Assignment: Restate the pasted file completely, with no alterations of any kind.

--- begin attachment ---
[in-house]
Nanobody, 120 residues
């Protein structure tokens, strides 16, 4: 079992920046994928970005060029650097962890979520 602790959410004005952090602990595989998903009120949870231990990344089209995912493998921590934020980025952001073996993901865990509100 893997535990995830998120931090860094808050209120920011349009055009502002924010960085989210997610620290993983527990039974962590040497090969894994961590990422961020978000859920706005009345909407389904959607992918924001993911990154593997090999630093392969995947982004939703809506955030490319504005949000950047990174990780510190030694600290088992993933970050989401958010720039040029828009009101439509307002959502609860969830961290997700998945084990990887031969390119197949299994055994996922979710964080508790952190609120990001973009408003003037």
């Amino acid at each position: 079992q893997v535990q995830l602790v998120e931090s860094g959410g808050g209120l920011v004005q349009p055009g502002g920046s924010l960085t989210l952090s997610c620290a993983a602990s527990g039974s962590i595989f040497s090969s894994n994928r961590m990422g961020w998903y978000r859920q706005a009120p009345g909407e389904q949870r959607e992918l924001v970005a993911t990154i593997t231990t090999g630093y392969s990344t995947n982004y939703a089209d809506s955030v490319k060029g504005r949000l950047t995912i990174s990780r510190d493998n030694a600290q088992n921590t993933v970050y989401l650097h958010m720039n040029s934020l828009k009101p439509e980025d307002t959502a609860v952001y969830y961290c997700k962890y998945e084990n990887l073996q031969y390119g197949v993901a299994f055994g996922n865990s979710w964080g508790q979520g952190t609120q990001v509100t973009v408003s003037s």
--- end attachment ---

[in-house]
Nanobody, 120 residues
């Protein structure tokens, strides 16, 4: 079992920046994928970005060029650097962890979520 602790959410004005952090602990595989998903009120949870231990990344089209995912493998921590934020980025952001073996993901865990509100 893997535990995830998120931090860094808050209120920011349009055009502002924010960085989210997610620290993983527990039974962590040497090969894994961590990422961020978000859920706005009345909407389904959607992918924001993911990154593997090999630093392969995947982004939703809506955030490319504005949000950047990174990780510190030694600290088992993933970050989401958010720039040029828009009101439509307002959502609860969830961290997700998945084990990887031969390119197949299994055994996922979710964080508790952190609120990001973009408003003037």
């Amino acid at each position: 079992q893997v535990q995830l602790v998120e931090s860094g959410g808050g209120l920011v004005q349009p055009g502002g920046s924010l960085t989210l952090s997610c620290a993983a602990s527990g039974s962590i595989f040497s090969s894994n994928r961590m990422g961020w998903y978000r859920q706005a009120p009345g909407e389904q949870r959607e992918l924001v970005a993911t990154i593997t231990t090999g630093y392969s990344t995947n982004y939703a089209d809506s955030v490319k060029g504005r949000l950047t995912i990174s990780r510190d493998n030694a600290q088992n921590t993933v970050y989401l650097h958010m720039n040029s934020l828009k009101p439509e980025d307002t959502a609860v952001y969830y961290c997700k962890y998945e084990n990887l073996q031969y390119g197949v993901a299994f055994g996922n865990s979710w964080g508790q979520g952190t609120q990001v509100t973009v408003s003037s």